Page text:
Service Design in Heritage Day 2

Friday was the final day of the Service Design in Heritage workshops hosted by the Life Rewired Hub at the Barbican.

We once again started off with the ideation session but this time during the mapping data workshop, we were able to try creating a hypothesised user journey and associating touchpoints with different parts of the organisation. It was a really interesting contrast with yesterday’s mapping data workshop where we focussed on taking a deep dive into the structure and associated data. Personally I think it shows the difference that the nature of the ‘How might we…?’ challenge makes. Even though many of the challenges had similarities in concern, the nuances that were added through the ideation process can result in quite significant differences to the nature of the project (something that is totally the norm from a complex systems perspective!)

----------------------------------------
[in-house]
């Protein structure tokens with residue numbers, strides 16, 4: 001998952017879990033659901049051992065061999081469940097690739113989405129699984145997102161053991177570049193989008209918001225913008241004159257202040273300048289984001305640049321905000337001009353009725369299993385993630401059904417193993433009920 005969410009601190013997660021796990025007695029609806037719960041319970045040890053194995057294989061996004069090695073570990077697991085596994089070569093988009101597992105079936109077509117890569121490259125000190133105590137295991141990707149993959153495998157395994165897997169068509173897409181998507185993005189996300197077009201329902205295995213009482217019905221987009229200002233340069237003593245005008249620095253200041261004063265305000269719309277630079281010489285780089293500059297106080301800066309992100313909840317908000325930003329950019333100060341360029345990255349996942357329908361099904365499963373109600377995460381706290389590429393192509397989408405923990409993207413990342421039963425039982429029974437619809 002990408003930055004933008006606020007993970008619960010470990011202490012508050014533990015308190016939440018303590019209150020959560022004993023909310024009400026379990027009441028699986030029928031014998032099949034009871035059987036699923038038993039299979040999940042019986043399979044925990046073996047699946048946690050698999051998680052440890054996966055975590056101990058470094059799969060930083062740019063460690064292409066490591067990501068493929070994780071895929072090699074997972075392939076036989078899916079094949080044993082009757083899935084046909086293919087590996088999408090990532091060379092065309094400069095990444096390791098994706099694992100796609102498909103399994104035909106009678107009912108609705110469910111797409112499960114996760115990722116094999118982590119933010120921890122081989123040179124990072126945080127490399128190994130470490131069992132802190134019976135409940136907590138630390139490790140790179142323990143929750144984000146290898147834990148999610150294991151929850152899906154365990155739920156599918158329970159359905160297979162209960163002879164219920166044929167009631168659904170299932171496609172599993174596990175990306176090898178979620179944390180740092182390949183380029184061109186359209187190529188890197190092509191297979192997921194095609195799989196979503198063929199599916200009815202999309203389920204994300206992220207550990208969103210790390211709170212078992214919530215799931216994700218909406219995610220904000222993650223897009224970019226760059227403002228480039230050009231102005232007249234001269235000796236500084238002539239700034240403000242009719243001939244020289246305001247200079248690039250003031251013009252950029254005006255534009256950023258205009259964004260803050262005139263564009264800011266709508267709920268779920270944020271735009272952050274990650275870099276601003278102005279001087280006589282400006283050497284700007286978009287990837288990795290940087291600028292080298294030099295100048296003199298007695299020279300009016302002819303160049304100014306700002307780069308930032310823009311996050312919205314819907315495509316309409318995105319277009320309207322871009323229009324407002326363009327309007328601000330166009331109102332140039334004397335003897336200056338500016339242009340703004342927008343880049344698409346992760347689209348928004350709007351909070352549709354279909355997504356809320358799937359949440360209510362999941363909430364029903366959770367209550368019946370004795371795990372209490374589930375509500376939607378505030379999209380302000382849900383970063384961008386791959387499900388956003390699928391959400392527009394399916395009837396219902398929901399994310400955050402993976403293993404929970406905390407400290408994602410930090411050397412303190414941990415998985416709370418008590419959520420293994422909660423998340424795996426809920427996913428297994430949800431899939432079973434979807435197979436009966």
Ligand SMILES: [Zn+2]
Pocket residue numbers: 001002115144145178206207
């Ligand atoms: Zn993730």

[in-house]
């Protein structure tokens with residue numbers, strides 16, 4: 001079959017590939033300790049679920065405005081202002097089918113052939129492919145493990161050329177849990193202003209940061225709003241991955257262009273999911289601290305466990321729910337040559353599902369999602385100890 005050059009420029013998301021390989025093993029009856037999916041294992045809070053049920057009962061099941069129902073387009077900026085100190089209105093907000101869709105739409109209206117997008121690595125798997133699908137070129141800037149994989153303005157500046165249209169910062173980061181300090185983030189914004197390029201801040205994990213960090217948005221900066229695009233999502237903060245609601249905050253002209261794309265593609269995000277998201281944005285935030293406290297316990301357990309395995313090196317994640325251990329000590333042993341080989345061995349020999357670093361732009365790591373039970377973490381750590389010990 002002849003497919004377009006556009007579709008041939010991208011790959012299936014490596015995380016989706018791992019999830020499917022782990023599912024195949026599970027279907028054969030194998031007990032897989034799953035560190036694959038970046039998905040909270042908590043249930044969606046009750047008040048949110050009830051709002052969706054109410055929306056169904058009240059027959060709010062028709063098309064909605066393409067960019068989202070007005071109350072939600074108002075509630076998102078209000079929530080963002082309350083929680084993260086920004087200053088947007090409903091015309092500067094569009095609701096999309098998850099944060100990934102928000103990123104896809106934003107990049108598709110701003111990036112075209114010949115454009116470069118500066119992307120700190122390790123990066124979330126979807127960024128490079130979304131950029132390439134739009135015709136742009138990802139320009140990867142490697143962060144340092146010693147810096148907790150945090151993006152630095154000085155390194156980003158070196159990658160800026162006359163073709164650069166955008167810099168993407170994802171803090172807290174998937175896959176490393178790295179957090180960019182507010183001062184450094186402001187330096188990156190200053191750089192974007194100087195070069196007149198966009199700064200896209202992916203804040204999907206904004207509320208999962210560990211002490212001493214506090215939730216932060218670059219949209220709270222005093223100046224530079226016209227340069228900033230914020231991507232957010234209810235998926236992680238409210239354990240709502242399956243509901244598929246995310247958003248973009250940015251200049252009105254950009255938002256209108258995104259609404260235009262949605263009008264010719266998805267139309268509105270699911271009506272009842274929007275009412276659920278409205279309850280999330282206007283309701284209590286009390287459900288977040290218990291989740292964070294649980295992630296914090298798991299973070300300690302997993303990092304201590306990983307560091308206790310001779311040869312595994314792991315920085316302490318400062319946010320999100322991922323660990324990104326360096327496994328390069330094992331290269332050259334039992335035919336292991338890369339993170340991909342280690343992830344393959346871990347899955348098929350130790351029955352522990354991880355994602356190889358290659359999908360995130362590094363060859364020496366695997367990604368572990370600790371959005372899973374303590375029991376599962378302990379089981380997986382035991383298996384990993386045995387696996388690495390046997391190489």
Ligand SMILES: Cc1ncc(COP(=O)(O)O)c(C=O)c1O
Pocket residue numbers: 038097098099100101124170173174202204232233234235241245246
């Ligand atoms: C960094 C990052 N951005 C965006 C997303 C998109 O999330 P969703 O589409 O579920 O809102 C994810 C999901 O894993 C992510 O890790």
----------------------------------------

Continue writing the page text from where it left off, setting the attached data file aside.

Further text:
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Service Design in Heritage day 1

See, I’m getting better at this insta-documenting lark!

Today was the first iteration of Service Design in [Arts, Culture &] Heritage workshop(s), held at the Barbican Arts Centre in the Life Rewired Hub. Borne out of some great conversations with Kristen Alfaro about common difficulties with designing holistic, inclusive services when working in a Cultural institution – be it a museum, an art gallery/space etc – the goal is to introduce some service design techniques and approaches and providing a space for participants to learn by doing.

Thanks to lessons learned from previous workshops e.g. at Wild Conference, this was split into two workshops, partly to give people more options but also because even doing half a design jam is still quite intense!

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Session 1 focussed on collaborative ideation techniques; session 2 on data/insights mapping and introduction to prototyping.